Ack Americans! Is it time to head for the border?

from Smithsonian :Folio from a Koran :9th-10th...
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Seriously, the lack of compassion for and understanding of Muslim culture and the Koran by your every day American has me thinking.

Although I kind of take pride in the fact that I am an open-minded person (not like the Crazies), I really don’t know anything about Muslim culture. Like, is it the Koran or the Qur’an?  I don’t know.  So I picked up a copy at Borders the other day.

Like the Bible, there are  many and varied translations and I had no idea which was better than another.  So I based my decision on two things.  First chose a trusted publisher so that they will at least treat the translation like literature.  And second, the price.  I’m a practical person.

$12 for the Koran published by PENGUIN CLASSICS and translated by N.J. Dawood born in Baghdad.  He published the first book of the Koran in contemporary English.   It is also available in a parallel English-Arabic edition but I decided I should stick to my native language. From the back:

N.J. Dawood’s masterly translation is the result of his lifelong study of the Koran’s language and style, and presents the English reader with a fluent and authoritative rendering, while reflecting the flavour and rhythm of the original.

“Across the language barrier Dawood captures the thunder and poetry of the original.” THE TIMES

And so, against the advice of the introduction, I proceeded to read the first chapter, called a surah. The introduction said that a beginner should start with one of the shorter (easier) chapters.  I’ve never been one for listening to advice like this.  Don’t think my brain is meaty enough, huh?  Stubbornly I ventured into the beautiful and poetic verse.

But reading the Koran got me thinking.

How many Christians not only have never read the Koran but have never read their own Holy Bible through?  You don’t have to raise your hand, but I will.  Never.  Not straight through.  I mean, c’mon, some of it is freaking boring and it is downright disturbing in places.

I consider myself to have studied a fair amount.  Taken many classes and done many studies of books of the Bible.  But it hasn’t been since high school that I took a survey of the Old Testament.  So I’m going to also put myself on a plan for reading through the Bible.

Not wanting to be overly aggressive and make goals that you and I both know I will fail to carry out, I found one on-line by Margie Haack which she calls ‘The Bible Reading Plan for Slackers and Shirkers because you don’t have to do it within a timeframe and it has variety with a focus on genres not books.

I have a confession to make (please do not tell my husband*) but I love ORDER.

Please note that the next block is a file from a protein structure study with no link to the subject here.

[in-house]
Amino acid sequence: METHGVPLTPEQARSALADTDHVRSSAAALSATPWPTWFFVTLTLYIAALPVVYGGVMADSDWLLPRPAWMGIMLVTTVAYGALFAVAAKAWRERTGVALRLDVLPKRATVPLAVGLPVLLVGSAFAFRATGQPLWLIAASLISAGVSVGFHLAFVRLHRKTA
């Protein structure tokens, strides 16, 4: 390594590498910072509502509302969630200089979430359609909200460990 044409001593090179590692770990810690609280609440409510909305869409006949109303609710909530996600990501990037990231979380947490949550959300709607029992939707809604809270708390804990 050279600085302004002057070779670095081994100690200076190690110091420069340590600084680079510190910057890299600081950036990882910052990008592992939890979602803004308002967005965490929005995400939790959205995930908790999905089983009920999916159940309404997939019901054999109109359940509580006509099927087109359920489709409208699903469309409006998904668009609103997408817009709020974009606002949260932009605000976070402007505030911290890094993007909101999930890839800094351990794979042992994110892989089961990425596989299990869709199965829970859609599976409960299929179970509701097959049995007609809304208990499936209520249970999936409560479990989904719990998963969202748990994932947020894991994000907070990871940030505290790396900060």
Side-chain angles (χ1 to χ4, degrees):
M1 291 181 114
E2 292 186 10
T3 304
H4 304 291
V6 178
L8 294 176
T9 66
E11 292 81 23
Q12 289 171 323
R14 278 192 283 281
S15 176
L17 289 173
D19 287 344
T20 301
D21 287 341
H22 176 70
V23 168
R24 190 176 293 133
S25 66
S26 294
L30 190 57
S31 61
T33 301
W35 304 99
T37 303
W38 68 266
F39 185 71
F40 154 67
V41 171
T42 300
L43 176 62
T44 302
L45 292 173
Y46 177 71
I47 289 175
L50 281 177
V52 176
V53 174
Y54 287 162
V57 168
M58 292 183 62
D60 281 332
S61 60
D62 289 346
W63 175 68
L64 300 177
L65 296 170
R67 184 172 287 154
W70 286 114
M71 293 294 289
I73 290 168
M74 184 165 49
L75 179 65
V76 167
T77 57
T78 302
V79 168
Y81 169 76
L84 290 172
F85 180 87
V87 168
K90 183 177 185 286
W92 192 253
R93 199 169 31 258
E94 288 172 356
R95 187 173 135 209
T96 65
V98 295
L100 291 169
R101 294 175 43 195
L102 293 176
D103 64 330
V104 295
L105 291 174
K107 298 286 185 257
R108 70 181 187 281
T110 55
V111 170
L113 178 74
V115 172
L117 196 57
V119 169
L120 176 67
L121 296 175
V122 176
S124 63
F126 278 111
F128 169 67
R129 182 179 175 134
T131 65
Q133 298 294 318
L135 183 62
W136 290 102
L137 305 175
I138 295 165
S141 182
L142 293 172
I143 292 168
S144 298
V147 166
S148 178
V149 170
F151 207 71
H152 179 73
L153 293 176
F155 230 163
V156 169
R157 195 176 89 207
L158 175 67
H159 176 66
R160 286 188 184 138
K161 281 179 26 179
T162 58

I love the tradition and stability of the high church.  My soul kind of craves knowing that over a period of one to three years the church would present the full picture.  Obviously that renders the opposite, where churches pick and choose and seem to flit about based on the whim or indigestion of the pastor or whether he had a fight with his wife, scares the shit out of me!  My church seems to find a balance though it could lean a bit more toward the liturgical calendar for me, but then it’s not about me is it?

*You see, though I crave order I am rather ADHD in my life — Books I am reading, housekeeping, relationships, in my writing, in my heart & mind!  I would love to see a flow chart of my brain.  No I wouldn’t that would be crazy!  Anyhow, my brain wants order.  And so when I set my alarm every night to wake at 5:30 am and I get up, make my coffee, take my pills and then sit down and take my reading  from A Guide to Prayer for Ministers & Other Servants (that’s me, Other) I feel grounded.  I usually have an hour before anyone in the house is awake to follow my plan for the week of reading and prayer.   In this structure I find a peace.  A tranquility. A sense of order to my chaos.

I sit down alone,

Only God is here;

In his presence I open,

I read his books;

And what I thus learn,

I teach.

(I would say “And what I thus learn, I try to live.”)

— John Wesley

So, back to the plan for reading the Bible.  Here’s how it works:

  • Sundays: Poetry
  • Mondays: Pentateuch (Genesis through Deuteronomy)
  • Tuesdays: Old Testament history
  • Wednesdays: Old Testament history
  • Thursdays: Old Testament prophets
  • Fridays: New Testament history
  • Saturdays: New Testament epistles (letters)

What’s great is if you do miss a day – just pick up with the next reading the next day.  You get to the end, when ever.  What’s even better, for a big picture person like me, is this plan allows us to see the many interconnections between sections of Scripture.  There’s nothing better than a plan that offers discipline and order that I crave and the grace to accomplish it!

Read on!


Here’s a  link to where you can download the plan from Ransom Fellowship.

Thanks so much for reading and sharing.

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